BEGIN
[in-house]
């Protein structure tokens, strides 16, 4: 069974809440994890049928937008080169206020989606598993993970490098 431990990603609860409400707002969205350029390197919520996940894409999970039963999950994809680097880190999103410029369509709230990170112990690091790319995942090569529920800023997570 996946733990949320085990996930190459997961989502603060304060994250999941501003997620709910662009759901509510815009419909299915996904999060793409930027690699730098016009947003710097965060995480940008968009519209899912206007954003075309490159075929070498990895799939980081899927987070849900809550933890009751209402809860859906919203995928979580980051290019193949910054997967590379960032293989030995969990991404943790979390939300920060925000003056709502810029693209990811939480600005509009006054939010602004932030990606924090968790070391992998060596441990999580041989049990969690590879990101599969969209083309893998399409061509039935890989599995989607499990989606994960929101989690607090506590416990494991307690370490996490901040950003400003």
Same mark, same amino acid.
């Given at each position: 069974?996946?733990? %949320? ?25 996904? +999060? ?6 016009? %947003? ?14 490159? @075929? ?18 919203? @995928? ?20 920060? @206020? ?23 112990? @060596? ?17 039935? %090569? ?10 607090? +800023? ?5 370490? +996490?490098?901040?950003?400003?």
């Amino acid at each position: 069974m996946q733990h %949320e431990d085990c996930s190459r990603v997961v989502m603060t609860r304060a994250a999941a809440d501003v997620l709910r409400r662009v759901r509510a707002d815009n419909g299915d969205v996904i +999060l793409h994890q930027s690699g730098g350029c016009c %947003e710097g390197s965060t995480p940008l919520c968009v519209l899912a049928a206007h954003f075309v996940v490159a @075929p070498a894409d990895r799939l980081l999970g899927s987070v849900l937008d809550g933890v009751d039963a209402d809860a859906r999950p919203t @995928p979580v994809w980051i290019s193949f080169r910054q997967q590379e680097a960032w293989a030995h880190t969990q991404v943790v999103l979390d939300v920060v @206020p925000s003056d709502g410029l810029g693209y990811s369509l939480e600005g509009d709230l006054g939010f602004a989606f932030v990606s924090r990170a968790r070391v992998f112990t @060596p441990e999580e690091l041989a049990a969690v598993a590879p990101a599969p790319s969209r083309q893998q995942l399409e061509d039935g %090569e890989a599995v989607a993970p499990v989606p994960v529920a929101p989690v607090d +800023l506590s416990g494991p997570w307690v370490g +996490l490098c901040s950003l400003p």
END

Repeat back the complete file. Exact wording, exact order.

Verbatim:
[in-house]
């Protein structure tokens, strides 16, 4: 069974809440994890049928937008080169206020989606598993993970490098 431990990603609860409400707002969205350029390197919520996940894409999970039963999950994809680097880190999103410029369509709230990170112990690091790319995942090569529920800023997570 996946733990949320085990996930190459997961989502603060304060994250999941501003997620709910662009759901509510815009419909299915996904999060793409930027690699730098016009947003710097965060995480940008968009519209899912206007954003075309490159075929070498990895799939980081899927987070849900809550933890009751209402809860859906919203995928979580980051290019193949910054997967590379960032293989030995969990991404943790979390939300920060925000003056709502810029693209990811939480600005509009006054939010602004932030990606924090968790070391992998060596441990999580041989049990969690590879990101599969969209083309893998399409061509039935890989599995989607499990989606994960929101989690607090506590416990494991307690370490996490901040950003400003």
Same mark, same amino acid.
């Given at each position: 069974?996946?733990? %949320? ?25 996904? +999060? ?6 016009? %947003? ?14 490159? @075929? ?18 919203? @995928? ?20 920060? @206020? ?23 112990? @060596? ?17 039935? %090569? ?10 607090? +800023? ?5 370490? +996490?490098?901040?950003?400003?």
């Amino acid at each position: 069974m996946q733990h %949320e431990d085990c996930s190459r990603v997961v989502m603060t609860r304060a994250a999941a809440d501003v997620l709910r409400r662009v759901r509510a707002d815009n419909g299915d969205v996904i +999060l793409h994890q930027s690699g730098g350029c016009c %947003e710097g390197s965060t995480p940008l919520c968009v519209l899912a049928a206007h954003f075309v996940v490159a @075929p070498a894409d990895r799939l980081l999970g899927s987070v849900l937008d809550g933890v009751d039963a209402d809860a859906r999950p919203t @995928p979580v994809w980051i290019s193949f080169r910054q997967q590379e680097a960032w293989a030995h880190t969990q991404v943790v999103l979390d939300v920060v @206020p925000s003056d709502g410029l810029g693209y990811s369509l939480e600005g509009d709230l006054g939010f602004a989606f932030v990606s924090r990170a968790r070391v992998f112990t @060596p441990e999580e690091l041989a049990a969690v598993a590879p990101a599969p790319s969209r083309q893998q995942l399409e061509d039935g %090569e890989a599995v989607a993970p499990v989606p994960v529920a929101p989690v607090d +800023l506590s416990g494991p997570w307690v370490g +996490l490098c901040s950003l400003p």